Not taking action will have devastating effects on the economy
Image via Twitter
Early Wednesday afternoon, Secretary of State John Kerry prepared to deliver his final address as America’s top diplomat to the United Nations’ climate conference in Marrakech. Meanwhile, in a tent next door, the United Nations Development Programme released a report that anticipated many of the themes that would mark Kerry’s speech—chief among them that committing to ambitious climate action is a crucial economic decision.
“In the long term, carbon-intensive energy is actually today, right now, one of the costliest and most foolhardy investments any nation can possibly make,” Kerry said. “Everyone needs to make smarter choices—with the long game, not the short game, in mind.”
According to the UNDP report, the difference in economic terms between taking ambitious climate actions and proceeding with current emissions promises can be counted in the trillions. The report, commissioned by a coalition of developing nations called the Climate Vulnerable Forum, calculates that if the world acts to halt warming at 1.5 degrees Celcius, then by mid-century the global GDP would be 10 percent—or $12 trillion—higher than if countries proceed with their current policies.
The 1.5-degree path would create approximately double the number of jobs by 2050 than current policies, because of the quicker growth of low-emission power generation, which has the highest employment ratio per watt of energy produced.
The Low Carbon Monitor Report relies on data from Climate Analytics, which considered both the economic boost that investment in clean energy would bring and the losses caused by climate-related damages if temperatures were left to exceed 1.5 degrees.
Because economic losses due to future warming are difficult to predict, Climate Analytics only considered the direct effects of temperature rise and not climate-related losses like those caused by sea level rise or extreme flooding events. So, even this $12 trillion could be a huge underestimation, once you start to consider the economic value of, say, entire island nations that could likely be submerged by 2050.
.@JohnKerry: "When it comes to #climatechange, let us commit – not just to doing our best – but to doing what is required." #COP22— Department of State (@Department of State)1479305830.0
Strive, survive, and thrive at 1.5?
Since 2009, the world’s most vulnerable nations have insisted on limiting warming to 1.5 degrees as a matter of survival. To allow the world to warm 2 degrees, they argue, is an existential risk to low-lying islands and other regions that are suffering the worst of flooding, droughts, crop loss, and desertification. In the final draft of the Paris Agreement, parties agreed to limit warming to “well below 2°C” and to strive to hold temperatures below a 1.5-degree increase.
What’s the difference? In terms of physical impacts, the UNDP report presents some new scientific analyses. For instance, keeping warming to 1.5 degrees would reduce the length of heat waves experienced in tropical regions each year by a full month by mid-century. Similarly, it would limit the reduction of crop yields by more than 10-percent when compared to 2 degrees of warming.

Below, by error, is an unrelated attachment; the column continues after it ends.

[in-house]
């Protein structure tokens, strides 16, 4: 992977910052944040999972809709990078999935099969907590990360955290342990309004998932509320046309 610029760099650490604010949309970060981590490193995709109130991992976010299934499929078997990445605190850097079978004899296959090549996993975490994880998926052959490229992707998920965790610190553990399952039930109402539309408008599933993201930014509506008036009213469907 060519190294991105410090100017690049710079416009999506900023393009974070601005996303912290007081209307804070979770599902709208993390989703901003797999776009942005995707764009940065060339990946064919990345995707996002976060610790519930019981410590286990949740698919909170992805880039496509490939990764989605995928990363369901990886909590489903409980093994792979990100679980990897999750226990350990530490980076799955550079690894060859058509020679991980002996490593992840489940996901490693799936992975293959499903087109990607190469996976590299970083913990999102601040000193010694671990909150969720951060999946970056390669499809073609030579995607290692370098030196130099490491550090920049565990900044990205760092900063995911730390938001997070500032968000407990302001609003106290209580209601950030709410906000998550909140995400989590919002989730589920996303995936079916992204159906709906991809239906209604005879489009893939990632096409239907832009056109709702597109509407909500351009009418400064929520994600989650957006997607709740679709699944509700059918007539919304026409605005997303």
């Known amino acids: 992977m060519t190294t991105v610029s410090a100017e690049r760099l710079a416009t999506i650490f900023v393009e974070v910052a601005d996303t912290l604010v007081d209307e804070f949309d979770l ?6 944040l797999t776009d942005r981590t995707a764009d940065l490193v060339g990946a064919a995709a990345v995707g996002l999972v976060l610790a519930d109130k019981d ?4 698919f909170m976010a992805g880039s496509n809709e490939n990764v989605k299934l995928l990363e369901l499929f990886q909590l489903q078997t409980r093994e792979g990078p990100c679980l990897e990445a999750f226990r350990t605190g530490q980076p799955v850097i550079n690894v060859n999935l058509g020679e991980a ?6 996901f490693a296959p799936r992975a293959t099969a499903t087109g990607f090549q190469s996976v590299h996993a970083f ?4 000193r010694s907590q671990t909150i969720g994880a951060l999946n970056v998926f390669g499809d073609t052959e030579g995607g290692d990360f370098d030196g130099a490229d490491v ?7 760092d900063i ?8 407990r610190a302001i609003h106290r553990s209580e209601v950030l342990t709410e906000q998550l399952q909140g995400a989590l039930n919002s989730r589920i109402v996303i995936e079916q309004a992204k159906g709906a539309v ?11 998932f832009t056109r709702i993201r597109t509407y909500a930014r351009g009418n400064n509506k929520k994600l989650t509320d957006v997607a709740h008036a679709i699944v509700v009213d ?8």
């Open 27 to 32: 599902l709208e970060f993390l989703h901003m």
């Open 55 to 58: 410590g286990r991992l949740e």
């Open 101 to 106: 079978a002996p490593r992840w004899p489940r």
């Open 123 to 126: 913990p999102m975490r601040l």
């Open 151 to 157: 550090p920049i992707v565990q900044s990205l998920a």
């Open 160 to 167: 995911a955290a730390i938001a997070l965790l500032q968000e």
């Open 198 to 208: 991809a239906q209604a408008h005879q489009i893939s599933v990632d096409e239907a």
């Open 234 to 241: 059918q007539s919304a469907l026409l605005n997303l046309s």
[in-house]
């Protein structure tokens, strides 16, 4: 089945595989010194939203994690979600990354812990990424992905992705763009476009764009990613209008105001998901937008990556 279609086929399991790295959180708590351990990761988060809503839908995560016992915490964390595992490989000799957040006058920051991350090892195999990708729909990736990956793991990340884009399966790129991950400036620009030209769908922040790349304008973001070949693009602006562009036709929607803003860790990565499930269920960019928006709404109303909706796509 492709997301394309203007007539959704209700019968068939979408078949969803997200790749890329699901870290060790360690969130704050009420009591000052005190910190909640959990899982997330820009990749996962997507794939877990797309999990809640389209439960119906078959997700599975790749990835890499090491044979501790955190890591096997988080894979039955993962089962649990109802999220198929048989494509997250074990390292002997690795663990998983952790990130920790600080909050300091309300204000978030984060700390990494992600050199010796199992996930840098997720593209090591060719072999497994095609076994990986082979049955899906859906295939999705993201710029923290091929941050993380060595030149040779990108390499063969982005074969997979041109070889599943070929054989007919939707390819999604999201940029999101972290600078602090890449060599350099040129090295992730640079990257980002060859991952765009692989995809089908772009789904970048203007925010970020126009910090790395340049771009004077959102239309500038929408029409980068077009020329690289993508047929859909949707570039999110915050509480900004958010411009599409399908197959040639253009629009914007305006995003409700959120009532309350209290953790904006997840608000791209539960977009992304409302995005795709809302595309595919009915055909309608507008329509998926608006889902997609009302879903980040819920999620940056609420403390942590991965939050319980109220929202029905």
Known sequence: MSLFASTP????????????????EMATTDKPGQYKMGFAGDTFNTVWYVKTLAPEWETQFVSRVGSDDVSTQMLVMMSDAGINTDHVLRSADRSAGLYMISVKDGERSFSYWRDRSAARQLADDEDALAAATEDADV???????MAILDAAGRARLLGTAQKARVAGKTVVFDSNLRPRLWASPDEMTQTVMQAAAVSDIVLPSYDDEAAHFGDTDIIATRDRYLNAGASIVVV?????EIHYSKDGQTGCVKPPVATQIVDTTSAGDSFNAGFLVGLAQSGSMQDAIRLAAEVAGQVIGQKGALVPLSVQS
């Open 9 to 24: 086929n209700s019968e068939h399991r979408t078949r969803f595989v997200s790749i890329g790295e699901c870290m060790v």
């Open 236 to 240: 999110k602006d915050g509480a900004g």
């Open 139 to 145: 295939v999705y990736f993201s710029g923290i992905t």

Though the 1.5-degree goal is often portrayed as too expensive, or a limit to growth, this Low Carbon Monitor Report turns that equation on its ear. “It’s the exact opposite,” said Matthew McKinnon of the UNDP. “Climate change is so threatening to growth that not tackling it has become one of the greatest development liabilities we face.”
It was a sentiment Kerry would echo minutes later:
The final invoice for carbon-based energy includes a lot more than just the price of the oil or the coal, or the natural gas, or the price of building the power plant. The real cost accounting needs to fully consider all of the downstream consequences, which, in the case of dirty fuels, are enough to at least double or triple the initial expenses.
That’s the kind of accounting that we need to do today. Just think about the price of environmental and agricultural degradation. Think about the loss of an ability of farmers in one area because of the lack of water or too much heat to be able to grow their crops today. Think of the hospital bills for asthma and emphysema patients, and the millions of deaths that are linked to air pollution caused by the use of fossil fuels.
The Low Carbon Monitor Report doesn’t only examine the harmful impacts that are avoided, but also the positive gains from investments in clean energy. His Excellency Kare Bebassa of Ethiopia, as the country is the current Chair of the Climate Vulnerable Forum, said that the aggressive emissions reductions were necessary for his country’s survival, but added that “we will also thrive working for 1.5.” Bebassa went on, “As developing nations, we cannot turn our backs on opportunities for creating jobs, protecting our growth, improving health, and increasing access to energy.”
Again, a theme Kerry would soon run with: “Investing in clean energy simply makes good economic sense,” he said. “You can make money, you can do good, and you can do well—all at the same time.”